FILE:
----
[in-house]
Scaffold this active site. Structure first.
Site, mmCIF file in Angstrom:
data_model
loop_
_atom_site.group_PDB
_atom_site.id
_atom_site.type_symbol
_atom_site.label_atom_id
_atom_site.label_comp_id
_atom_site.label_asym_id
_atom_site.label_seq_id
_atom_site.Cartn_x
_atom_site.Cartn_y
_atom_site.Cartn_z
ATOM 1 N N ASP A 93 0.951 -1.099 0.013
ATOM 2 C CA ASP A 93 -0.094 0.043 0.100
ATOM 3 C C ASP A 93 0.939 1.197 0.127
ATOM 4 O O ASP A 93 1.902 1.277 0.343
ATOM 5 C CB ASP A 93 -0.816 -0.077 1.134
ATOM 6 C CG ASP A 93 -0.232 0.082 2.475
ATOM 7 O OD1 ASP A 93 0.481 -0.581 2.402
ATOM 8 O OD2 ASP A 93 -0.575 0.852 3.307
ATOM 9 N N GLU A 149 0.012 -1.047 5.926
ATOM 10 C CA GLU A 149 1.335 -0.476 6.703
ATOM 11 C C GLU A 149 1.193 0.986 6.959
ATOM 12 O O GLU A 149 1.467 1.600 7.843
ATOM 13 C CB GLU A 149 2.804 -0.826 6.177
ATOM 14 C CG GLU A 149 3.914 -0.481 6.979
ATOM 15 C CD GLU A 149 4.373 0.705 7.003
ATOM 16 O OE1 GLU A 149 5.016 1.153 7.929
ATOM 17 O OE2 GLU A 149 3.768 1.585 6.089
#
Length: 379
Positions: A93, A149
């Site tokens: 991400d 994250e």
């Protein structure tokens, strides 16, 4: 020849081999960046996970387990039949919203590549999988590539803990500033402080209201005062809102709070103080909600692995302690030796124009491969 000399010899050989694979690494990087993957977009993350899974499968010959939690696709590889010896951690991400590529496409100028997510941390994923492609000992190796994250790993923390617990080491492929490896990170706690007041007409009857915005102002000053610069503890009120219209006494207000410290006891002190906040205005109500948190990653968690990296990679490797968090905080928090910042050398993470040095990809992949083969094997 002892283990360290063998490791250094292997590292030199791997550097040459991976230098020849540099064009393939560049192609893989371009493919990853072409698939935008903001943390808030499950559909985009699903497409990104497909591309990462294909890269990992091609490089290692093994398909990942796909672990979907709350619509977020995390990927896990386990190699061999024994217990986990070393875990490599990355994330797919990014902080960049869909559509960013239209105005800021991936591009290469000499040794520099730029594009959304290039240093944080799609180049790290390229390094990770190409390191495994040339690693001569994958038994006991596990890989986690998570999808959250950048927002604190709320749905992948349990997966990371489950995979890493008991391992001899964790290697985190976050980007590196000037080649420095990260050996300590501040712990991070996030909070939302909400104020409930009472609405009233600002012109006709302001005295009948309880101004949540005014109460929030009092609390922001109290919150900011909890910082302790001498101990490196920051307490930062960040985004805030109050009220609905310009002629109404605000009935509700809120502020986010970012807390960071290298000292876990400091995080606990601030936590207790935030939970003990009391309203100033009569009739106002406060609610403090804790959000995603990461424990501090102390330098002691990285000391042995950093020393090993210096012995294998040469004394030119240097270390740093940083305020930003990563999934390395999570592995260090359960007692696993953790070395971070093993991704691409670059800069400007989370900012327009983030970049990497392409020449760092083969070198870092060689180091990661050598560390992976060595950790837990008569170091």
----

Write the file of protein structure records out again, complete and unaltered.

[in-house]
Scaffold this active site. Structure first.
Site, mmCIF file in Angstrom:
data_model
loop_
_atom_site.group_PDB
_atom_site.id
_atom_site.type_symbol
_atom_site.label_atom_id
_atom_site.label_comp_id
_atom_site.label_asym_id
_atom_site.label_seq_id
_atom_site.Cartn_x
_atom_site.Cartn_y
_atom_site.Cartn_z
ATOM 1 N N ASP A 93 0.951 -1.099 0.013
ATOM 2 C CA ASP A 93 -0.094 0.043 0.100
ATOM 3 C C ASP A 93 0.939 1.197 0.127
ATOM 4 O O ASP A 93 1.902 1.277 0.343
ATOM 5 C CB ASP A 93 -0.816 -0.077 1.134
ATOM 6 C CG ASP A 93 -0.232 0.082 2.475
ATOM 7 O OD1 ASP A 93 0.481 -0.581 2.402
ATOM 8 O OD2 ASP A 93 -0.575 0.852 3.307
ATOM 9 N N GLU A 149 0.012 -1.047 5.926
ATOM 10 C CA GLU A 149 1.335 -0.476 6.703
ATOM 11 C C GLU A 149 1.193 0.986 6.959
ATOM 12 O O GLU A 149 1.467 1.600 7.843
ATOM 13 C CB GLU A 149 2.804 -0.826 6.177
ATOM 14 C CG GLU A 149 3.914 -0.481 6.979
ATOM 15 C CD GLU A 149 4.373 0.705 7.003
ATOM 16 O OE1 GLU A 149 5.016 1.153 7.929
ATOM 17 O OE2 GLU A 149 3.768 1.585 6.089
#
Length: 379
Positions: A93, A149
């Site tokens: 991400d 994250e």
């Protein structure tokens, strides 16, 4: 020849081999960046996970387990039949919203590549999988590539803990500033402080209201005062809102709070103080909600692995302690030796124009491969 000399010899050989694979690494990087993957977009993350899974499968010959939690696709590889010896951690991400590529496409100028997510941390994923492609000992190796994250790993923390617990080491492929490896990170706690007041007409009857915005102002000053610069503890009120219209006494207000410290006891002190906040205005109500948190990653968690990296990679490797968090905080928090910042050398993470040095990809992949083969094997 002892283990360290063998490791250094292997590292030199791997550097040459991976230098020849540099064009393939560049192609893989371009493919990853072409698939935008903001943390808030499950559909985009699903497409990104497909591309990462294909890269990992091609490089290692093994398909990942796909672990979907709350619509977020995390990927896990386990190699061999024994217990986990070393875990490599990355994330797919990014902080960049869909559509960013239209105005800021991936591009290469000499040794520099730029594009959304290039240093944080799609180049790290390229390094990770190409390191495994040339690693001569994958038994006991596990890989986690998570999808959250950048927002604190709320749905992948349990997966990371489950995979890493008991391992001899964790290697985190976050980007590196000037080649420095990260050996300590501040712990991070996030909070939302909400104020409930009472609405009233600002012109006709302001005295009948309880101004949540005014109460929030009092609390922001109290919150900011909890910082302790001498101990490196920051307490930062960040985004805030109050009220609905310009002629109404605000009935509700809120502020986010970012807390960071290298000292876990400091995080606990601030936590207790935030939970003990009391309203100033009569009739106002406060609610403090804790959000995603990461424990501090102390330098002691990285000391042995950093020393090993210096012995294998040469004394030119240097270390740093940083305020930003990563999934390395999570592995260090359960007692696993953790070395971070093993991704691409670059800069400007989370900012327009983030970049990497392409020449760092083969070198870092060689180091990661050598560390992976060595950790837990008569170091």